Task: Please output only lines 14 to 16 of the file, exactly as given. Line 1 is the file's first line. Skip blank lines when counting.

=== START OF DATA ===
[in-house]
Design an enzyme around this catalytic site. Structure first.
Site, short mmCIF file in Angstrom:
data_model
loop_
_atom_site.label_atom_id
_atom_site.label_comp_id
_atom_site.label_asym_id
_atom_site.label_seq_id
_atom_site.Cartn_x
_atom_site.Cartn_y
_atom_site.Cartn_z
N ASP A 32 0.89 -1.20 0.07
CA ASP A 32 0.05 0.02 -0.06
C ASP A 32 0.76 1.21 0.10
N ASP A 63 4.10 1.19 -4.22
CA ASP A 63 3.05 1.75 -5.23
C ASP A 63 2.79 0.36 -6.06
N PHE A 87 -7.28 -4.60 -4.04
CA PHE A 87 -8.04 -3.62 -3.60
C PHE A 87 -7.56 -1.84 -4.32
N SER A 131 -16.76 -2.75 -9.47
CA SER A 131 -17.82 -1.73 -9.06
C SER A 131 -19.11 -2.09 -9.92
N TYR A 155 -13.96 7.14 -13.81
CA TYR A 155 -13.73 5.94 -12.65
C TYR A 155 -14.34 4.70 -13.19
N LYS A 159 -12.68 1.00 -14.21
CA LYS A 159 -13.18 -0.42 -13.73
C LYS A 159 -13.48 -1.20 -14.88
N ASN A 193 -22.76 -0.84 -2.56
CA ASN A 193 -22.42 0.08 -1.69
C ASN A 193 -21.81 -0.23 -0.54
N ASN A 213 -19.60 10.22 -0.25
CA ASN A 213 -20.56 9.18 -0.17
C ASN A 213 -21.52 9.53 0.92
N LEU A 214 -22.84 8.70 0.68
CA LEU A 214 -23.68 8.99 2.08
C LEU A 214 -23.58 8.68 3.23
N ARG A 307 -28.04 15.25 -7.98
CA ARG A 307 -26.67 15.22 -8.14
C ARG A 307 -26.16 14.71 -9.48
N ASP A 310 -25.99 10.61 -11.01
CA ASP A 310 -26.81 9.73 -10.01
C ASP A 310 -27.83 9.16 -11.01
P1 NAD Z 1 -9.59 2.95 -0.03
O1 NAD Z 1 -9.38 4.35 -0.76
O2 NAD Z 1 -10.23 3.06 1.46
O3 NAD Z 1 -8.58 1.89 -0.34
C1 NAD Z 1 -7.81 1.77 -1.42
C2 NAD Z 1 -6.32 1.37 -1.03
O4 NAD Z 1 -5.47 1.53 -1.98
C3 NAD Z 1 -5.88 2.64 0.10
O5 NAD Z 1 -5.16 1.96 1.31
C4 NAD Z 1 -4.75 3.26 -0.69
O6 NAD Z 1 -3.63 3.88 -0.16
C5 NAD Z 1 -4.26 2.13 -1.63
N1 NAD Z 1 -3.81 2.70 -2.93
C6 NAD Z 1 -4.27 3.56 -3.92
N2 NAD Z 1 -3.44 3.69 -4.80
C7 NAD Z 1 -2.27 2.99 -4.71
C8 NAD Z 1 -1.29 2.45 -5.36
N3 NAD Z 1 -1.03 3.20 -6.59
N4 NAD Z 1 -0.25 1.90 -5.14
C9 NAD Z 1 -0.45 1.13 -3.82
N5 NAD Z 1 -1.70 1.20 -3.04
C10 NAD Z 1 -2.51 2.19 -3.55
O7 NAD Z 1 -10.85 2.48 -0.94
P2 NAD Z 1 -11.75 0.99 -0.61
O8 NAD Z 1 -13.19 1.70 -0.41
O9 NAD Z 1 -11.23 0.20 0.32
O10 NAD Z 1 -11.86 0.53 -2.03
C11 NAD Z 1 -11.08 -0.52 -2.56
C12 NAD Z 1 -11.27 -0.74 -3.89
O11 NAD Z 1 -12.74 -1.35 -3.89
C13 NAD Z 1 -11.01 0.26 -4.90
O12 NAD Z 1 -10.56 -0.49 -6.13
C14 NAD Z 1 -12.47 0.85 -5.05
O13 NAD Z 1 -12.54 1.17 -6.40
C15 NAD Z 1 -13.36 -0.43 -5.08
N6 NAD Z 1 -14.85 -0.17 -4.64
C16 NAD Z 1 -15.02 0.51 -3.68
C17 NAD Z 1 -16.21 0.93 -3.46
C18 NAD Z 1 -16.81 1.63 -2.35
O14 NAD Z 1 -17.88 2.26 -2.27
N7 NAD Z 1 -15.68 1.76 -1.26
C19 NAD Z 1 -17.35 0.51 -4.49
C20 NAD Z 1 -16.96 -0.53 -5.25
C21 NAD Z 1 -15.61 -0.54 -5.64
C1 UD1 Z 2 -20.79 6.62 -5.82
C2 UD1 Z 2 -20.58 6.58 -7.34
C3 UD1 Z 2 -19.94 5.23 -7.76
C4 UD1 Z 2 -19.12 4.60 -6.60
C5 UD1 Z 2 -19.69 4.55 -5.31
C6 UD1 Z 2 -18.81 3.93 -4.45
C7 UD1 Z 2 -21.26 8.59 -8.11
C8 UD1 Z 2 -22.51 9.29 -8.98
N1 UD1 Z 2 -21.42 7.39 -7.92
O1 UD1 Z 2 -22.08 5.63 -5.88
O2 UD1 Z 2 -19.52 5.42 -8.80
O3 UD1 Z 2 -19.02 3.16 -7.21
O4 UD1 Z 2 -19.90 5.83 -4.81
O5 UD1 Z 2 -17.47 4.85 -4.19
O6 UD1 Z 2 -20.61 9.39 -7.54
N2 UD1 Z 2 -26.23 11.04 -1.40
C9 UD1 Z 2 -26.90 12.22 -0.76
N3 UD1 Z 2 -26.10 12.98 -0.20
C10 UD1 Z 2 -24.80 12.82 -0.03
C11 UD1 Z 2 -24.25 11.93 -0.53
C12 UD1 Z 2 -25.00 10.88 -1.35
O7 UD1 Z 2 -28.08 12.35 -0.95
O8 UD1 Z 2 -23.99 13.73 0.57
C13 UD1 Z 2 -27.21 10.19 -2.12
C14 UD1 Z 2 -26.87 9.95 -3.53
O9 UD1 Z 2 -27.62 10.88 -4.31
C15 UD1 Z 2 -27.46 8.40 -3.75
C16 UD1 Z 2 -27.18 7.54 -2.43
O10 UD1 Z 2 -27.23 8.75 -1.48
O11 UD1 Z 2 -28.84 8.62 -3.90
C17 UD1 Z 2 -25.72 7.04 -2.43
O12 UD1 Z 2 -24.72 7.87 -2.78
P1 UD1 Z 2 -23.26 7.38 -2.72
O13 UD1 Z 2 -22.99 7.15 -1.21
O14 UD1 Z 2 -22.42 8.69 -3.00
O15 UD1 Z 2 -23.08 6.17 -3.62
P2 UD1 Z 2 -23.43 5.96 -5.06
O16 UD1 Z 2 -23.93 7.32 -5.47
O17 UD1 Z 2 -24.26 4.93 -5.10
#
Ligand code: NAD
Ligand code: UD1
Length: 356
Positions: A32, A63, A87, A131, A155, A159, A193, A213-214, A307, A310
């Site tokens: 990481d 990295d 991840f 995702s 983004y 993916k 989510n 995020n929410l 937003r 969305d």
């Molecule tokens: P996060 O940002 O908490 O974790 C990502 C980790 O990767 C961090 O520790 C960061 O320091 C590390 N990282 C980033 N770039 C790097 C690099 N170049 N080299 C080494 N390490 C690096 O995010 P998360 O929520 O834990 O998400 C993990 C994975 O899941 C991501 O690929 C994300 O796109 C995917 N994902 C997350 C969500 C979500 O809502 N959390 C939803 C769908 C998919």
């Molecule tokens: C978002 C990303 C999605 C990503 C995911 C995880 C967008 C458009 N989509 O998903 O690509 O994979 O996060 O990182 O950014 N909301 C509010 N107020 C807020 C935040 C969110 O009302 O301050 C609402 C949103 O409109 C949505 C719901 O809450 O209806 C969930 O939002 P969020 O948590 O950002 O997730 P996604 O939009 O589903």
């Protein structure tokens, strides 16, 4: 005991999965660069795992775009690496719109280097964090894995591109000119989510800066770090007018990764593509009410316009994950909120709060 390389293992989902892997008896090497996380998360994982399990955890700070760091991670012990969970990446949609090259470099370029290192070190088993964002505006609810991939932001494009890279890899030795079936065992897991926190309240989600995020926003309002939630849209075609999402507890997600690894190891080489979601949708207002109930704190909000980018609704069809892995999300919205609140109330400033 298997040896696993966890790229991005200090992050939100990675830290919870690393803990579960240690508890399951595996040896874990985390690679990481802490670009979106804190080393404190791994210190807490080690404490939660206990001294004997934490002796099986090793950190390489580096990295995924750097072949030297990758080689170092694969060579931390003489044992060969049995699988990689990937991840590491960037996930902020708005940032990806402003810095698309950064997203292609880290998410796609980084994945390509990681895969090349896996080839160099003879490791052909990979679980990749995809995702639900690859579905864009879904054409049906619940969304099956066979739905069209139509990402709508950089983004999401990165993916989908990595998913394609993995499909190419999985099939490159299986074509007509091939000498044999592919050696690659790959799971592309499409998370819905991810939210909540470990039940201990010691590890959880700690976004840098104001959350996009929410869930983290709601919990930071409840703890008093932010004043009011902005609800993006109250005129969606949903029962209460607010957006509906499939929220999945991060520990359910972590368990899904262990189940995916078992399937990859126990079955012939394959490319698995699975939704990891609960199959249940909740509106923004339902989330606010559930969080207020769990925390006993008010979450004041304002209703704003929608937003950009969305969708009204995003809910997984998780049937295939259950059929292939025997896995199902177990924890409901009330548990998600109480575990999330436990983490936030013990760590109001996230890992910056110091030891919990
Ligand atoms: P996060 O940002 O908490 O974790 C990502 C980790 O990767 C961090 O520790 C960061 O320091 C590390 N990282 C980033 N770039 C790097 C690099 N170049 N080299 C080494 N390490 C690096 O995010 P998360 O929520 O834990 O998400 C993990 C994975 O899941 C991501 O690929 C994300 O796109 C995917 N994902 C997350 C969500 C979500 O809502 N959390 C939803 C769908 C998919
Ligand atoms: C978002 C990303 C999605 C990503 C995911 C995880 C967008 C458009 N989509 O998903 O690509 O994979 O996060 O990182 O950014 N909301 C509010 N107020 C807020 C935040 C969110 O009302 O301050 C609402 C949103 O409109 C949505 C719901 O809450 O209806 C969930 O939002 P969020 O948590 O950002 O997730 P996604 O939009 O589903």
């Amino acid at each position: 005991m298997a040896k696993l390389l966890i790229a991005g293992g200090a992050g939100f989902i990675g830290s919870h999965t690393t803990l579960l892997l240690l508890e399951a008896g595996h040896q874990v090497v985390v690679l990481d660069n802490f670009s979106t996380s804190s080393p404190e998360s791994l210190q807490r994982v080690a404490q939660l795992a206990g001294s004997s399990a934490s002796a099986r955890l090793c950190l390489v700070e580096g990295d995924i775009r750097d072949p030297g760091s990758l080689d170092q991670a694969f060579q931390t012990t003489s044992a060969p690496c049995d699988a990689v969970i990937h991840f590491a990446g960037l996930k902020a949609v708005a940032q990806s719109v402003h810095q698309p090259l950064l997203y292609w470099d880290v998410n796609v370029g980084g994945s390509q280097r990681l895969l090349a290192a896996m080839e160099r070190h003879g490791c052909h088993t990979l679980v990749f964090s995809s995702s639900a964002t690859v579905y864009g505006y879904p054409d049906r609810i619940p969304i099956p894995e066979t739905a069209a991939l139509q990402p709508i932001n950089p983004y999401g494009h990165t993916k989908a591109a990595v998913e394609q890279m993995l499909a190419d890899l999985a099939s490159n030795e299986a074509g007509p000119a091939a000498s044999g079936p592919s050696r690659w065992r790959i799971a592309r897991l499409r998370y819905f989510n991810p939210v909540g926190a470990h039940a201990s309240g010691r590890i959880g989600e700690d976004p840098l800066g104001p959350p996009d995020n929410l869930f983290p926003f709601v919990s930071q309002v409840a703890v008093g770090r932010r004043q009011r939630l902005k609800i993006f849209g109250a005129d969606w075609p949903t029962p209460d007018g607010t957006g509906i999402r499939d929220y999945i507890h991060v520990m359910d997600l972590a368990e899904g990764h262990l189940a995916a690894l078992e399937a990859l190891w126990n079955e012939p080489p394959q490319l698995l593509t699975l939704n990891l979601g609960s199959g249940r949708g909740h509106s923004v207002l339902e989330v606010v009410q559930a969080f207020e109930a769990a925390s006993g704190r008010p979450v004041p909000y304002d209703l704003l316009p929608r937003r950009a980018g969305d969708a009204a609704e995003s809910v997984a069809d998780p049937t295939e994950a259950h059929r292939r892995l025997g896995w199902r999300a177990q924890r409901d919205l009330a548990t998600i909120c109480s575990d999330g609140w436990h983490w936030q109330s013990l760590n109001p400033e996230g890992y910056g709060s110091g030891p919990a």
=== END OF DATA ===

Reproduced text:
CA ASP A 32 0.05 0.02 -0.06
C ASP A 32 0.76 1.21 0.10
N ASP A 63 4.10 1.19 -4.22